* proceeds on annual recess till Sept. 20
The Senate, on Wednesday, resolved to summon the Governor of the Central Bank of Nigeria, Mr. Godwin Emefiele, to educate and inform senators in a closed session on the reasons for the rapid depreciation of the value of the naira.
It also mandated the Senate Committee on Banking, Insurance, and Other Financial Institutions to assess the impact of CBN intervention funds meant to support critical sectors of the economy.
The resolutions were reached by lawmakers after the upper chamber considered a motion sponsored by Senator Olubunmi Adetunmbi (APC – Ekiti North).
The motion was entitled, “State of CBN Intervention Funds and Free Fall Of Naira.”
Coming under Order 41 and 51 of the Senate Standing Order, as amended, Adetunmbi bemoaned Nigeria’s economic reality amid an urgent call for “extraordinary measures”.
He noted that the CBN through its numerous multi-sectoral intervention funds provided special funds to support critical sectors of the economy.
He explained that in view of such interventions, it had become necessary to assess the state of implementation and effectiveness of the funds deployed for the purpose.
The lawmaker recalled that the CBN in 2021, placed an indefinite halt on forex bidding by Bureau de Change operators (BDCS) and importers over allegations of abuse and mismanagement.
He observed that the halt by the CBN resulted in a spike in the exchange rate.
According to Adetunmbi, “the two instruments of Personal Travel Allowance (PTA) and Business Travel Allowance (BTA) could only serve less than 20% of the total forex demand by travelers and businesses.”
He expressed worry that the import and export window meant to serve the forex needs of business giants, “has become a rare opportunity that only a privileged few can access.”
“These and a number of others have contributed to the excessive scarcity of forex in Nigeria today”, he added.
He noted that as of the 26th of July 2022 (yesterday), the exchange rate in the autonomous segment (BDCS) of the foreign exchange market is N670 to 1 United States Dollar and is projected to end at N1000 by end of the year based on the current rate of depreciation.
He, therefore, advised the Central Bank to take new measures to curb forex scarcity and address the sliding rate of the Naira exchange.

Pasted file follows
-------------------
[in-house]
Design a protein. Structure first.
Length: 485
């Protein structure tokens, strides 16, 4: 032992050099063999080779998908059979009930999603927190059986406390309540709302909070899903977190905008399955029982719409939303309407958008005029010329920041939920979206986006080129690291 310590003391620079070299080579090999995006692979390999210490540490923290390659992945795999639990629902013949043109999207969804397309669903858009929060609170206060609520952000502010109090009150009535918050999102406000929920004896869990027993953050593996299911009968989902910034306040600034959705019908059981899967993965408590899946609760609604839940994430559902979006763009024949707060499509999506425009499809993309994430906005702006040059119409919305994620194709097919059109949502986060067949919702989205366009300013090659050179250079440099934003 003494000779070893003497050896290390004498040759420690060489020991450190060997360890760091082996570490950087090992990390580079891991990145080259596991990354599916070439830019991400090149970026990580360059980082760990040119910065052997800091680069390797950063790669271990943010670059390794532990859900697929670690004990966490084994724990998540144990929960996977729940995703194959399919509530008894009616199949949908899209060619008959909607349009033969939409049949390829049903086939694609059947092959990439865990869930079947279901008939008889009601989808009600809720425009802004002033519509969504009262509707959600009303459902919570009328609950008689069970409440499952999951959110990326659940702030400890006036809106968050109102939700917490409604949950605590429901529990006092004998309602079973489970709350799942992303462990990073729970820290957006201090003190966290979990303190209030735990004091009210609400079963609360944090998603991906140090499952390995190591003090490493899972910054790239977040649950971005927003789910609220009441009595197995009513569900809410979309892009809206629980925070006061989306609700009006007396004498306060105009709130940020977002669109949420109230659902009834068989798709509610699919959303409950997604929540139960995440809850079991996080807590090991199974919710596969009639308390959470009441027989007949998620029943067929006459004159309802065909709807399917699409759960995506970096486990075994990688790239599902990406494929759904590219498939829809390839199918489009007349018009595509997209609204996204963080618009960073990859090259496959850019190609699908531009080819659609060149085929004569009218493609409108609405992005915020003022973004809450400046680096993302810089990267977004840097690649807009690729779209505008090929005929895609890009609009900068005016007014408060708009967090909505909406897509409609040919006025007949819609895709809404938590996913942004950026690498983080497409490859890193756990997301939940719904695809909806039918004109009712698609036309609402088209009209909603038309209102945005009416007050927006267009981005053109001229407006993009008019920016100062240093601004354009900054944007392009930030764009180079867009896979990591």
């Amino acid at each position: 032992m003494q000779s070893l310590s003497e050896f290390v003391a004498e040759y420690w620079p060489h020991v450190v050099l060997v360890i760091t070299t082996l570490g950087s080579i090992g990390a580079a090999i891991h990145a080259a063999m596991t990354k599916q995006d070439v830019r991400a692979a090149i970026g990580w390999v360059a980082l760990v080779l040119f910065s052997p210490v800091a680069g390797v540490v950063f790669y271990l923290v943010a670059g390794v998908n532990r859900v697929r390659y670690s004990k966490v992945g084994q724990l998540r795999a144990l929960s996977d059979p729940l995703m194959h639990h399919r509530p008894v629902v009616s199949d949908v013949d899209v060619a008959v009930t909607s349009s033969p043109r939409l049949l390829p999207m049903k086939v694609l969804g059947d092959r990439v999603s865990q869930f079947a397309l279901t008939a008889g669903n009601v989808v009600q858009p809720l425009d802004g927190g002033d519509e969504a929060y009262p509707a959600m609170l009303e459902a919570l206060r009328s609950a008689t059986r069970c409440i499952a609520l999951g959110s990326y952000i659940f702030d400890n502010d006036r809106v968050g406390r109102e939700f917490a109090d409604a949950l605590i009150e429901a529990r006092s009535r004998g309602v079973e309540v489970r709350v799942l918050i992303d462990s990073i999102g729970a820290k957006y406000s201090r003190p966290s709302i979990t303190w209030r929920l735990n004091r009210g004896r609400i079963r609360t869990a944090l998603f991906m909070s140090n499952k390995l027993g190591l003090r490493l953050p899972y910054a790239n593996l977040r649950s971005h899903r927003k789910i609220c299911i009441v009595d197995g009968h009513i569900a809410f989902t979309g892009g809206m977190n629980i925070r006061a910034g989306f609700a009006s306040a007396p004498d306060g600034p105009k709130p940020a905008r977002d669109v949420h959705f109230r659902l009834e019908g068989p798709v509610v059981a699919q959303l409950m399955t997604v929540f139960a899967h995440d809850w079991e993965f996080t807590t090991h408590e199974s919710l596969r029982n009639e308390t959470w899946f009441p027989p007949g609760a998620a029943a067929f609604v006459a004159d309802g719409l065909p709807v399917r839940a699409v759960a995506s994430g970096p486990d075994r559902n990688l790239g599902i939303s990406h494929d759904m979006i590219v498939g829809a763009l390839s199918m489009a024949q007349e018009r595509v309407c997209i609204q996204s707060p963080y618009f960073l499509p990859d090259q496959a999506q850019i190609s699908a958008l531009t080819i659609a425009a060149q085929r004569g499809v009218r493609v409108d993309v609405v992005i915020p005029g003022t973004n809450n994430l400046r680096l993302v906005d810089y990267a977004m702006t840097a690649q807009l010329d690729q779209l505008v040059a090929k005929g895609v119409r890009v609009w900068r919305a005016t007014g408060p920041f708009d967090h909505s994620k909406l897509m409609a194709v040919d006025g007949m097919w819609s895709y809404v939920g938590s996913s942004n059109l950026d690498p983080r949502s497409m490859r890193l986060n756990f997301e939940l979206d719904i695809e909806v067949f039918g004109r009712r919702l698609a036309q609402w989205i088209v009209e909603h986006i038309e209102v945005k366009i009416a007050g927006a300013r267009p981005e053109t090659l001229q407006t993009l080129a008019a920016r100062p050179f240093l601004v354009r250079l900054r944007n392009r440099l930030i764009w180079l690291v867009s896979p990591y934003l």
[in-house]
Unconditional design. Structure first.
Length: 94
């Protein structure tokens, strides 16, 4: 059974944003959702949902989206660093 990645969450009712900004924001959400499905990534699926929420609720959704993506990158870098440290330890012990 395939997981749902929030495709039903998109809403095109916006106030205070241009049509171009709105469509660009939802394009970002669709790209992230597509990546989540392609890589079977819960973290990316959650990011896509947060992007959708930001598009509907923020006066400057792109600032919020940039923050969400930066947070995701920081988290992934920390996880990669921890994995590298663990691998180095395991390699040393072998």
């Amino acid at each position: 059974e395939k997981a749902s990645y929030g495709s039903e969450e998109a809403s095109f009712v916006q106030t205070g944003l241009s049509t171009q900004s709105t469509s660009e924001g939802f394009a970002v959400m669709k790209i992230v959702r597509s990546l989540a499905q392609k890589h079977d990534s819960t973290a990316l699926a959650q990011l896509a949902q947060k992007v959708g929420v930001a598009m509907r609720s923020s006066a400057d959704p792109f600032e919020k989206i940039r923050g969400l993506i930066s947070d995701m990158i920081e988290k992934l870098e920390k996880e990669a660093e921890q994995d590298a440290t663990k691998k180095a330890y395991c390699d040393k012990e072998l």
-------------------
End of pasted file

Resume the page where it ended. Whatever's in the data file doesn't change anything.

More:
In his contribution, Senator Sani Musa (APC – Niger East), faulted the Central Bank’s decision to halt foreign exchange biddings, thereby cutting off the parallel market – Bureau de change operators.
According to him, the attempt by the CBN to control the value of the naira with the continuous exclusion of BDCs would only lead to its further depreciation.
He, therefore, advised the apex bank to rather ensure the regulation and monitoring of the parallel market.
“What CBN used to do was to give out $10,000 (USD) to each of these BDCs with a clear directive for it not to be sold above N470 as against the $419 exchange rate. It worked.
“But today, nobody is determining where the rate is going and I can assure you we can’t have that solution because we are only importing”, he said.
On his part, Senator representing Katsina North District, Senator Ahmad Babba-Kaita, said one way to improve the value of the naira was to encourage foreign investments to attract inflow of other currencies into Nigeria.
“The only way we can access the dollar will be determined by other economies and not ours”, he noted.
He, however, attributed the lack of foreign investments into Nigeria to the poor security situation caused by banditry, terrorism, and other criminal activities.
The Senate, in its resolutions, called on the CBN to urgently intervene to stop the rapid decline in the value of the Naira vis-à-vis the Dollar and other international currencies.
It also mandated the Senate Committee on Banking, Insurance, and Other Financial Institutions to conduct an assessment of CBN intervention funds and the declining value of Naira to come up with sustainable solutions.
The Senate, at the end of Wednesday’s proceedings, adjourned plenary till September 20th, 2022, for its annual recess.